Adding gaming will be one of the more fun improvements.  If a customer’s companions don’t want to just stand idly and get bored while the customer is served, playing games in the shop might be a pleasant distraction for them. But actually games technology presents the kind of interface that will work well too for customers wanting to explore how products will look or work in the various environments in which they are likely to be used. They can do so with a high degree of realism. All the AI, positioning, augmented reality and so on all add together, making the store IT systems a very powerful part of the sales experience for shopper and staff alike.

Clothes and accessories stores will obviously benefit greatly from such technology, allowing customers to choose more easily. But technology can also add to the product itself. Some customers will be uninterested in adding technology whereas for others it will be a big bonus having the extra features. Today, social networking is just starting to make the transition to mobile devices. In a few years’ time, many items of accessories or clothes will have built in IT functionality, enabling them to play a leading role in the wearer’s social networking, broadcasting personal data into surrounding space or coming with a virtual aura, loaded with avatars that appear differently to each viewer. Glasses can do this, and also provide displays, change colour using thin film coatings, and even record what the wearer sees and hears. They might even recognise some emotional reactions via pupil dilation, identifying people that the user appears interested in, for example. Health is another are obviously suited to jewellery and accessories, many of which are in direct contact with skin. Accessories can monitor health, act as a communications device to a clinic, even control the release of medicines in smart capsules.

But the biggest change in retailing is certainly the human one, adding human-based customer service. Technology is quickly available to everyone and eventually ceases to be a big differentiator, whereas human needs will persist, and always offer a means to genuine value add. This effect will run throughout every sector and will bring in the care economy, where human skills dominate and computers look after routine transactions at low cost. Robots and computers will play an important part in the future, but humans will dominate in adding value, simply because people will always value people above machines – or indeed any other organic species. Focusing on human value-add is therefore a good strategy to future proof businesses. The more value that can be derived from the human element, the less vulnerable a business will be from technology development. The key here is to distinguish between genuine human skills and those where the human is really just acting as part of a machine.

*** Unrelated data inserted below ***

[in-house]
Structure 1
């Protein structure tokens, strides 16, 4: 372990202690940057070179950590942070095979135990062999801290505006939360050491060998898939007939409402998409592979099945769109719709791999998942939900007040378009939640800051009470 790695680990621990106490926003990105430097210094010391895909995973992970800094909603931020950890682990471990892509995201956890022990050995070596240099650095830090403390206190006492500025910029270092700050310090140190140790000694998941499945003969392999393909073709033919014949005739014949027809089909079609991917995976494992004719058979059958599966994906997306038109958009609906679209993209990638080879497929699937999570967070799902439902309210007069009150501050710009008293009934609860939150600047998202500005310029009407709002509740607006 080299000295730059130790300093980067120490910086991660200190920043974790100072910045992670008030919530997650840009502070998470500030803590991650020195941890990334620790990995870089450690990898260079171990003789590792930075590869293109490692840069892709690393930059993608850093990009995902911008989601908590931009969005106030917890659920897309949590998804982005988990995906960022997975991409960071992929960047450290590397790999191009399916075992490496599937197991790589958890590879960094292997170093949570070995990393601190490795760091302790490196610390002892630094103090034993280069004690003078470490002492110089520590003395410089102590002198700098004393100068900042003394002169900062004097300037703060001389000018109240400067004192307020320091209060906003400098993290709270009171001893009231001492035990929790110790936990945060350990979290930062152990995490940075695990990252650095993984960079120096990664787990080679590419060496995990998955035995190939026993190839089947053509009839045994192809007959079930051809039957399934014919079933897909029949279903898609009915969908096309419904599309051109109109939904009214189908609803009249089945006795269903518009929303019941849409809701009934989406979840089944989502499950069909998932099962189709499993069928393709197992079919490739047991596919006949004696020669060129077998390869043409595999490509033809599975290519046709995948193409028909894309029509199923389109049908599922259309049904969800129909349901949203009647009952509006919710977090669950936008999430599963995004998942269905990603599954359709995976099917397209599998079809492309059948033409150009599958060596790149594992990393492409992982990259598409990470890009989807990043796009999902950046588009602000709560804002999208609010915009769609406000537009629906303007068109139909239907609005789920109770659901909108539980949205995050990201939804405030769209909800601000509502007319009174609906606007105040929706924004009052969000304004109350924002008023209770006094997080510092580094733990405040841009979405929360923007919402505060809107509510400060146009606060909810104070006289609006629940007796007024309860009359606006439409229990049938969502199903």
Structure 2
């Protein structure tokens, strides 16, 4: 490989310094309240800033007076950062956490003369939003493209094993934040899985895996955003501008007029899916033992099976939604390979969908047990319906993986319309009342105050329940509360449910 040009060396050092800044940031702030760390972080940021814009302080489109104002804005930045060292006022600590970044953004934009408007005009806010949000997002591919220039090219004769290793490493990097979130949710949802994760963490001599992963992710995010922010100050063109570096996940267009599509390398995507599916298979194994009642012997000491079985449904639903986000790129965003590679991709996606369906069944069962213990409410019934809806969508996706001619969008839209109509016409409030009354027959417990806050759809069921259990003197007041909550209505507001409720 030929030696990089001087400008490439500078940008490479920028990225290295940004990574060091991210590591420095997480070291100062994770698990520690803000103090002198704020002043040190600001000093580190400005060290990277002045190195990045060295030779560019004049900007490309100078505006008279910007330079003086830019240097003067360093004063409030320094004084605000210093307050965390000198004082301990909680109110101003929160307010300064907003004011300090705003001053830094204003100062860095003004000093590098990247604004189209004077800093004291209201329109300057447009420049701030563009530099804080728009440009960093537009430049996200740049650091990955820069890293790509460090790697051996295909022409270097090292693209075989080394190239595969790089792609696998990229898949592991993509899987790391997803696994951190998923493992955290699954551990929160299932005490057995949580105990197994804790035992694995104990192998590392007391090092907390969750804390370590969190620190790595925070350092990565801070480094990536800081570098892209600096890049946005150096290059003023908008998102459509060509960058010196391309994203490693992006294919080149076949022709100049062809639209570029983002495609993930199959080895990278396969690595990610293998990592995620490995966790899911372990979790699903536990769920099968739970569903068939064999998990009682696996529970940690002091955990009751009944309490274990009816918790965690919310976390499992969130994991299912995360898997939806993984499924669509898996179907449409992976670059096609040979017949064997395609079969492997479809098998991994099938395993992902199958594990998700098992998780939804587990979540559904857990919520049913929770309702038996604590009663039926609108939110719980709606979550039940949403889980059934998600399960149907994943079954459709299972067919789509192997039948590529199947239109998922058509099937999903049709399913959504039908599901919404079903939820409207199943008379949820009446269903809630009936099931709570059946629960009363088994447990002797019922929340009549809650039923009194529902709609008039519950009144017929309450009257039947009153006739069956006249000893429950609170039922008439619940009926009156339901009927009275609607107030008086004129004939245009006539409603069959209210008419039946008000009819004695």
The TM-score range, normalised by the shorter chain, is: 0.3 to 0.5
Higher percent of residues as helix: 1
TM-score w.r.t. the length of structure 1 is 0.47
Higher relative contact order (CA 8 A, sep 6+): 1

Putting all this together, we can see a more pleasant future of retailing. As we recover from the often sterile harshness of web shopping and start to concentrate more on our quality of life, value will shift from the actual physical product itself towards the whole value of the role it plays in our lives, and the value of associated services provided by the retailer. As the relationship grows and extends outside the store, retailing will regain the importance it used to have as a full human experience. Retailers used to be the hub of a community and they can be again if the human side is balanced with technology.

Sure, we will still shop on-line much of the time, but even here, the ease and quality of that will depend to some degree on the relationship we already have with the retailer. Companies will be more responsive to the needs of the community and more integrated into them. And when we once again know the staff and know they care about us, shopping can resume its place as a fun and emotionally rewarding part of our lives.

In the end it is all about engaging with the customer, making them excited, empowering them and showing them you care. When you look after them, they will keep coming back. And it is quite nice to think that the more advanced the technology becomes, the more it humanises us.

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One response to “Future retailing

  1. Your last point is the clincher here: things will ultimately go full circle — and the more we have to deal with technology the more we will appreciate the human touch in any business. Humanity rather than technology will become the differentiator.